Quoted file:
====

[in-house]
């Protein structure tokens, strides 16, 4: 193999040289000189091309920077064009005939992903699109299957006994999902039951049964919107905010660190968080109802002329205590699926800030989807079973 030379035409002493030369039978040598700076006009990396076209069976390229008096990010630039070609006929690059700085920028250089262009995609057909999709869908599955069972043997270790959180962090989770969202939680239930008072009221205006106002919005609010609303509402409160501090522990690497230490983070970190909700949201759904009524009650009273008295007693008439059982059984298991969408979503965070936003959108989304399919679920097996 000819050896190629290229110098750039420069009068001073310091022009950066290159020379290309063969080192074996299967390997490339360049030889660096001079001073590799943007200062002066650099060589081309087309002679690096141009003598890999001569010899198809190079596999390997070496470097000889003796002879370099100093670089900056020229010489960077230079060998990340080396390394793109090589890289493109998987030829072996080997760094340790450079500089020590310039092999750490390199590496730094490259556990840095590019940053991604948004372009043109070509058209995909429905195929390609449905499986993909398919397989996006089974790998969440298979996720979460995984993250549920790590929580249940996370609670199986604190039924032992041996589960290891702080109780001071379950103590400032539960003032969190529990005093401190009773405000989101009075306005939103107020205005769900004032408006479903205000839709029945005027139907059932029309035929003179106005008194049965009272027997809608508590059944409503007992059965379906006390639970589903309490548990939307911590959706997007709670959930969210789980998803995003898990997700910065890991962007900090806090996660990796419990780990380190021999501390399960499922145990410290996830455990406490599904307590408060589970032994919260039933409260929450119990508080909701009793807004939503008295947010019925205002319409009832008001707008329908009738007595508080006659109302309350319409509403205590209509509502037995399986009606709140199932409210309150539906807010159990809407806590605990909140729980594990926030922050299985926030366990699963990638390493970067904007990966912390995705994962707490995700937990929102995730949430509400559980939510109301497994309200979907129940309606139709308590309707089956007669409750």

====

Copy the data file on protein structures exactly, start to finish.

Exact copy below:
[in-house]
């Protein structure tokens, strides 16, 4: 193999040289000189091309920077064009005939992903699109299957006994999902039951049964919107905010660190968080109802002329205590699926800030989807079973 030379035409002493030369039978040598700076006009990396076209069976390229008096990010630039070609006929690059700085920028250089262009995609057909999709869908599955069972043997270790959180962090989770969202939680239930008072009221205006106002919005609010609303509402409160501090522990690497230490983070970190909700949201759904009524009650009273008295007693008439059982059984298991969408979503965070936003959108989304399919679920097996 000819050896190629290229110098750039420069009068001073310091022009950066290159020379290309063969080192074996299967390997490339360049030889660096001079001073590799943007200062002066650099060589081309087309002679690096141009003598890999001569010899198809190079596999390997070496470097000889003796002879370099100093670089900056020229010489960077230079060998990340080396390394793109090589890289493109998987030829072996080997760094340790450079500089020590310039092999750490390199590496730094490259556990840095590019940053991604948004372009043109070509058209995909429905195929390609449905499986993909398919397989996006089974790998969440298979996720979460995984993250549920790590929580249940996370609670199986604190039924032992041996589960290891702080109780001071379950103590400032539960003032969190529990005093401190009773405000989101009075306005939103107020205005769900004032408006479903205000839709029945005027139907059932029309035929003179106005008194049965009272027997809608508590059944409503007992059965379906006390639970589903309490548990939307911590959706997007709670959930969210789980998803995003898990997700910065890991962007900090806090996660990796419990780990380190021999501390399960499922145990410290996830455990406490599904307590408060589970032994919260039933409260929450119990508080909701009793807004939503008295947010019925205002319409009832008001707008329908009738007595508080006659109302309350319409509403205590209509509502037995399986009606709140199932409210309150539906807010159990809407806590605990909140729980594990926030922050299985926030366990699963990638390493970067904007990966912390995705994962707490995700937990929102995730949430509400559980939510109301497994309200979907129940309606139709308590309707089956007669409750």